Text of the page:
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banner Monday, 14 May, 2001, 12:13 GMT 13:13 UK
Radio's digital divide
Child listening to old-fashioned wireless
"But you tell the young people of today..."
Radio is undergoing a digital revolution, yet few listeners have forked out the readies to tune in, writes BBC News Online technology correspondent Mark Ward.

Radio as we know it could be going the way of the mangle.

Technologies that are merely good help us do things that we never could before. But to be great, technologies need to help us do the things we already do far, far better.


It's a bit like after listening to CDs, you don't want to go back to vinyl

Glynn Jones of Digital One
Digital radio may well be a case in point.

In years to come, grandchildren may listen incredulously as you recount the days of fiddling with dials to catch an elusive station, of listening to tracks with no clue as to what they may be, and missing favourite shows while away from the radio.

Well, maybe not. But radio is about to change for the better.

Digital radio promises clearer reception, CD-quality sound, information on the track playing, and the kit to download tracks. All this, and no need to re-tune.

Turn on, tune in

Digital radio has been bubbling under since 1995 when the BBC switched on the first services.

Digital radio receiver
Portable sets will make all the difference
Since then - and particularly since 1999, when new digital stations started broadcasting and existing stations were rebroadcast digitally - it's gained growing numbers of fans.

So far, they are a small but loyal band - no more than 40,000 sets have been sold.

But the converts are all enthusiasts, says Glynn Jones, of the radio broadcaster Digital One.

"The people that have it love it because it sounds fantastic. It's a bit like after listening to CDs, you don't want to go back to vinyl."

Chips with everything

People who buy one digital radio tend to buy another soon after, he says, so they can listen in both at home and in the car.


This is the year of digital radio

Peter Florence of Radioscape
After all, radio is a popular medium - 90% of listeners tune in for 20 hours a week on average, but few have gone digital because of the cost of the receivers.

Until now, these have sold for several hundred to several thousand pounds, depending on whether the receiver is for a car or an add-on for a stereo.

Psion has already cut the cost of its Wavefinder digital radio for PCs to 199.

However, most people prefer to move their radios from room to room, rather than listen in just one place.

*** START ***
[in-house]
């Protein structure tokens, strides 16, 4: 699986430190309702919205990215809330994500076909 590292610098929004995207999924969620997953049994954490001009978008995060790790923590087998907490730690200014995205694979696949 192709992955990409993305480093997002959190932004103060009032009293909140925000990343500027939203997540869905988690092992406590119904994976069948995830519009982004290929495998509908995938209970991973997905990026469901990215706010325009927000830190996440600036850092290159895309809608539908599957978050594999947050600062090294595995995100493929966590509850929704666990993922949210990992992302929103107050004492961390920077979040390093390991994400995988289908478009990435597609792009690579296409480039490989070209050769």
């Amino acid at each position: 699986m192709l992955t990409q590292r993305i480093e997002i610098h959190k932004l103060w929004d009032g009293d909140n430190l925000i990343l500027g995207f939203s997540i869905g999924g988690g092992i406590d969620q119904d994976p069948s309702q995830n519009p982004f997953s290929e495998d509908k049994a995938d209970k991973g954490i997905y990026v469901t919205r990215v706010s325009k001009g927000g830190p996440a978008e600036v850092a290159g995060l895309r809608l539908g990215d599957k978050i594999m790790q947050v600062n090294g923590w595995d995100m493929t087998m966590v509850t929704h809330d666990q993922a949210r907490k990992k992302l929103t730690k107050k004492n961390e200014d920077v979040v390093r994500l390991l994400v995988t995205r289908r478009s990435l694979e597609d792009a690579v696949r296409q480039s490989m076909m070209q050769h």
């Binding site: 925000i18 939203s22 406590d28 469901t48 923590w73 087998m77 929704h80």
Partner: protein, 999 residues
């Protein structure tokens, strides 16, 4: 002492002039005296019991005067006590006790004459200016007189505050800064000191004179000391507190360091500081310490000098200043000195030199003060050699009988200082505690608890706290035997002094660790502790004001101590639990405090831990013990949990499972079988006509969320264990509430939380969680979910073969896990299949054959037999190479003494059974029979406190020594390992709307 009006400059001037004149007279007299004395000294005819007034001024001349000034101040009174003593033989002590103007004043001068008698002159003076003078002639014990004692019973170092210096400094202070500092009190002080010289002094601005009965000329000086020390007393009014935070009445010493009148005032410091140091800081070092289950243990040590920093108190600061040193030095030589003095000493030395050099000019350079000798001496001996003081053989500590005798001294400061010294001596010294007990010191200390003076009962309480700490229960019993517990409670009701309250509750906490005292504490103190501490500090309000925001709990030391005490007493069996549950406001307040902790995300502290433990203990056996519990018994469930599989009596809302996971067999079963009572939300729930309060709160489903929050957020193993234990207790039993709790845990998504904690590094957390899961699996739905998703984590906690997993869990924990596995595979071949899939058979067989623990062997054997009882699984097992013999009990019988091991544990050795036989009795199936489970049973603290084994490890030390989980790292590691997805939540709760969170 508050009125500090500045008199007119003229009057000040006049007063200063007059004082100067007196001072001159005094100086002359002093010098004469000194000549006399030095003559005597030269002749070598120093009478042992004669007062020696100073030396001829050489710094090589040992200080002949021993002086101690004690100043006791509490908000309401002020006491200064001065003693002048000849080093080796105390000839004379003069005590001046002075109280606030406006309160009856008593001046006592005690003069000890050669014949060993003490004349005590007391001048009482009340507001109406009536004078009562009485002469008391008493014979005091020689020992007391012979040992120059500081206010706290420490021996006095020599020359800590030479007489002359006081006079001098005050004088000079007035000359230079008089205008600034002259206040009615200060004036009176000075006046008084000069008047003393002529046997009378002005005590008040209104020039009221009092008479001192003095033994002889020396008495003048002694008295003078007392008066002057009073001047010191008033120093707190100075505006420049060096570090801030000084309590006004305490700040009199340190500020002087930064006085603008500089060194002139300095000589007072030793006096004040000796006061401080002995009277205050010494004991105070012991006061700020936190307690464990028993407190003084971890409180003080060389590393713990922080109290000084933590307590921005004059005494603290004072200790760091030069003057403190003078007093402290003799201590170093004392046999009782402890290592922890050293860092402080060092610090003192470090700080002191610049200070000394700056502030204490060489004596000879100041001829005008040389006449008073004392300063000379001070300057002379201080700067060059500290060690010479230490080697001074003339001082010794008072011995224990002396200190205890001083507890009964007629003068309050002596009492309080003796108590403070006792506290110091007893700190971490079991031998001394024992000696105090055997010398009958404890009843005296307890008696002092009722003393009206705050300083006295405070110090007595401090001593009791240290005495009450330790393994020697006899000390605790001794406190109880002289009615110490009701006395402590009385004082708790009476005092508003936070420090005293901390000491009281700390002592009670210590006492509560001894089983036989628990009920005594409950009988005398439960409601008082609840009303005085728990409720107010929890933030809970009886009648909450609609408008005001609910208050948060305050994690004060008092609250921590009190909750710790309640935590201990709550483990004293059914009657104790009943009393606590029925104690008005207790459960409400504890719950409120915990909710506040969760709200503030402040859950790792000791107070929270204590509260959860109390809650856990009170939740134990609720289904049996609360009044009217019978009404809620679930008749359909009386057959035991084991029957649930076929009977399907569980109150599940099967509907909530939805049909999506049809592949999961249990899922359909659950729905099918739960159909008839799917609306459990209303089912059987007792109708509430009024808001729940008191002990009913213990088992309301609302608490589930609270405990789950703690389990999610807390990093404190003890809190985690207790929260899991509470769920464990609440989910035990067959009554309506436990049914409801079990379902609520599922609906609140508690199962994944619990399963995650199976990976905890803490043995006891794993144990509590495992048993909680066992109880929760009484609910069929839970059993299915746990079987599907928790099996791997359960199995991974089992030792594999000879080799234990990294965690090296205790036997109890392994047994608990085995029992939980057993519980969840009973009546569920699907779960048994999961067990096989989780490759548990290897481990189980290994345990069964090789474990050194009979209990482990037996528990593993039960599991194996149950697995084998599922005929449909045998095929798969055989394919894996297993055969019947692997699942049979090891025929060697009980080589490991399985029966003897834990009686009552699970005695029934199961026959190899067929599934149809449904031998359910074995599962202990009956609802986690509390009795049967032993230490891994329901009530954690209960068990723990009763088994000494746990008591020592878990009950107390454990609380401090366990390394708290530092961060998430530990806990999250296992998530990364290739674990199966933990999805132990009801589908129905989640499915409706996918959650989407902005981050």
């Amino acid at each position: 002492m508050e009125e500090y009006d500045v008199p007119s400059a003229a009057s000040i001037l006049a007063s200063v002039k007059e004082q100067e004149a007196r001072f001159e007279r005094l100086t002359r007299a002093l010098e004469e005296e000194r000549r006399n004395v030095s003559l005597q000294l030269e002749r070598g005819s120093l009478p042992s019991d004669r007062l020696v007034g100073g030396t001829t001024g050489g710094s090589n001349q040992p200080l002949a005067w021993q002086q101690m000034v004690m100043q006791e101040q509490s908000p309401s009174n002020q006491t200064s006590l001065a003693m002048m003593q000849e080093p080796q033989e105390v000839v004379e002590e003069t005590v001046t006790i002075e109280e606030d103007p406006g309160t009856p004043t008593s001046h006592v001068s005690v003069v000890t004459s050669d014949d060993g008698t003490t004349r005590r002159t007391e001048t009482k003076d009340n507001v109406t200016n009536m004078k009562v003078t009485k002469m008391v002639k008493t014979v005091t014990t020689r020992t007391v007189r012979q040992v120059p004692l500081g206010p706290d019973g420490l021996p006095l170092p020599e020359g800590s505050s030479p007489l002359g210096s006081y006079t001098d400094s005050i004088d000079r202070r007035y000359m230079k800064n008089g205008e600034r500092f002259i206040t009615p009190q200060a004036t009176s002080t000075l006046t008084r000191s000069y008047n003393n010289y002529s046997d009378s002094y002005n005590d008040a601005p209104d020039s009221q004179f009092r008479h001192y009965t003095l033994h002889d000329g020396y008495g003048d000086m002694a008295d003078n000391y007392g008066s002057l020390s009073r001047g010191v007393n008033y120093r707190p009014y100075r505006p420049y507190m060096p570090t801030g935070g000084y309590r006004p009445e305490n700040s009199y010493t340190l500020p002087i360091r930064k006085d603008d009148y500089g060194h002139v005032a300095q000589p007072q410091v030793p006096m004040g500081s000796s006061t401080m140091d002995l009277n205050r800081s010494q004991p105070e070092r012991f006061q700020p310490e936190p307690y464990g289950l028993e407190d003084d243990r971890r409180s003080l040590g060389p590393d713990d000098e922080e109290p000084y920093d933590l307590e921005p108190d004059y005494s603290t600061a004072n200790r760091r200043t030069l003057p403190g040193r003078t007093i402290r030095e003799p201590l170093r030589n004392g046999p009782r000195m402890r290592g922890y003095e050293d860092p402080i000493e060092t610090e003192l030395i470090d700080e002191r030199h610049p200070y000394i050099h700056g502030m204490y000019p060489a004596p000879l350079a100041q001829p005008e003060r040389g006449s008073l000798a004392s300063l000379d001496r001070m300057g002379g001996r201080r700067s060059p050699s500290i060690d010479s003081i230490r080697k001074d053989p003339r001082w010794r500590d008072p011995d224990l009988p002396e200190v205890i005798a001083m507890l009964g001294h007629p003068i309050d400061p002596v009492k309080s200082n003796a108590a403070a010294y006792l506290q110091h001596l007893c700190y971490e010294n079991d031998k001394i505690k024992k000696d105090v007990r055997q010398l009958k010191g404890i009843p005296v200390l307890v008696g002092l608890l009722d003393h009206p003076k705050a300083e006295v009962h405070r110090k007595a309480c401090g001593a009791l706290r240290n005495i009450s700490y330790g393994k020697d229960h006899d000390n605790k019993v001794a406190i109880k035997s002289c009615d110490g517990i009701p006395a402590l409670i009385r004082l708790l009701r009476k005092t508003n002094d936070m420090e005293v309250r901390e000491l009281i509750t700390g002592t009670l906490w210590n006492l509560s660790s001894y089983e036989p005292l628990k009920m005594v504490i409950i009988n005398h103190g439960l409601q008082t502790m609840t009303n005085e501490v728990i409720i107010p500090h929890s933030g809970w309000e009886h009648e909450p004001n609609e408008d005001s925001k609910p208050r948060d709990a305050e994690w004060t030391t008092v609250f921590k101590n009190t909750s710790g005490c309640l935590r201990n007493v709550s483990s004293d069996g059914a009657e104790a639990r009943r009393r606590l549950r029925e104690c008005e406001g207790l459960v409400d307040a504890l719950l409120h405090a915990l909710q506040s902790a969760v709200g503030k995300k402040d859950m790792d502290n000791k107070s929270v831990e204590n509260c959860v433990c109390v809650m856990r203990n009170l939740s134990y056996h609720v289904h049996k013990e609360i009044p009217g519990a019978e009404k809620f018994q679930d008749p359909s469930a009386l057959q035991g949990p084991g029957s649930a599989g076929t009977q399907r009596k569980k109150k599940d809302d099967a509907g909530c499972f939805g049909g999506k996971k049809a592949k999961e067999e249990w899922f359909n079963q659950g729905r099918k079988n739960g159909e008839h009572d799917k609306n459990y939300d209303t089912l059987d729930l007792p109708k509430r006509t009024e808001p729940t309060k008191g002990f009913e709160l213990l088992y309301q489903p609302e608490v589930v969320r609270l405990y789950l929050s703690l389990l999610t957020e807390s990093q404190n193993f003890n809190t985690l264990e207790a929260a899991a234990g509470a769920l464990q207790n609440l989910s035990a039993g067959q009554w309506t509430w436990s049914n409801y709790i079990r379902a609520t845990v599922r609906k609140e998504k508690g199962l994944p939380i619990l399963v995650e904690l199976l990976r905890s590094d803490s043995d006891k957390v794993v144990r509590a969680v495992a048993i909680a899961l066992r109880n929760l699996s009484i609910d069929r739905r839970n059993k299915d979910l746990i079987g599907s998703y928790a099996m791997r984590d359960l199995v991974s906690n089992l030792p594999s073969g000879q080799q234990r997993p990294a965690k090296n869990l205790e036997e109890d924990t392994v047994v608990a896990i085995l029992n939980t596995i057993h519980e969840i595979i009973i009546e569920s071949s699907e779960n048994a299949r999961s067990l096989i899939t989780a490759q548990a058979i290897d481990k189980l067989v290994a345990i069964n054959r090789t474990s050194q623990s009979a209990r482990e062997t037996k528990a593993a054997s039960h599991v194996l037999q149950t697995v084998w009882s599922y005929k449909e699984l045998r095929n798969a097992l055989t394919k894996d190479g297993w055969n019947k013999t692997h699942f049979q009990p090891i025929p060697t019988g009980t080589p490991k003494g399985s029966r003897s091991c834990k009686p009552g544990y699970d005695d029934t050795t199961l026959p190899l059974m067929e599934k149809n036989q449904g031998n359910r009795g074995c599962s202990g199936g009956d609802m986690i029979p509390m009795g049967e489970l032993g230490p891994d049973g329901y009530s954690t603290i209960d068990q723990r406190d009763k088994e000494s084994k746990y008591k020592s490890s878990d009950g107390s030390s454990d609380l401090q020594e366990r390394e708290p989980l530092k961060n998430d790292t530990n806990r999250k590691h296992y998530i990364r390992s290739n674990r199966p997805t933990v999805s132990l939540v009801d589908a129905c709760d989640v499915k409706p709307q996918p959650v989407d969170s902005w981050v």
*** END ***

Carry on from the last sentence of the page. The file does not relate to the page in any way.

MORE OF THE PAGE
But portable sets have been unavailable because of a shortage of low cost, low power chips that can decode digital radio signals.

But now these chips are starting to be made in large quantities.

Music on the move

Peter Florence, founder and chief executive of chip design firm Radioscape, is confident that this is the year of digital radio.

Old-time radio
Radio fans prefer listen-and-carry sets
"By Christmas, you will see digital radios for 99," Mr Florence says.

It will take the availability of small "kitchen" radios to really make people consider buying a digital set, Mr Florence says.

Once they do, he's convinced that all will become big fans. Many of the receivers due to come out will enable people to program their radio much like a video.

Added extras

But the revolution doesn't stop there.

Phone user
"Just waiting for my request to come up..."
There are many companies working on building digital radios into mobile phones and portable music players, Mr Florence says.

Digital radio provides a way to get music to these devices, so that consumers do not have to pay to listen on the move.

But on a 3G phone network, the user pays for everything they do.

Thus digital radio may provide a much-needed incentive to sign up reluctant buyers to the 3G mobiles.

It is now up to the radio and phone companies to turn this dream into an affordable reality.

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See also:

22 Mar 01 | TV and Radio
Digital radio: Q&A
16 Apr 01 | TV and Radio
Free digital access for trial areas
09 Apr 01 | TV and Radio
Digital radio cost 'to fall'
26 Mar 01 | New Media
Fuzzy reception for digital radio
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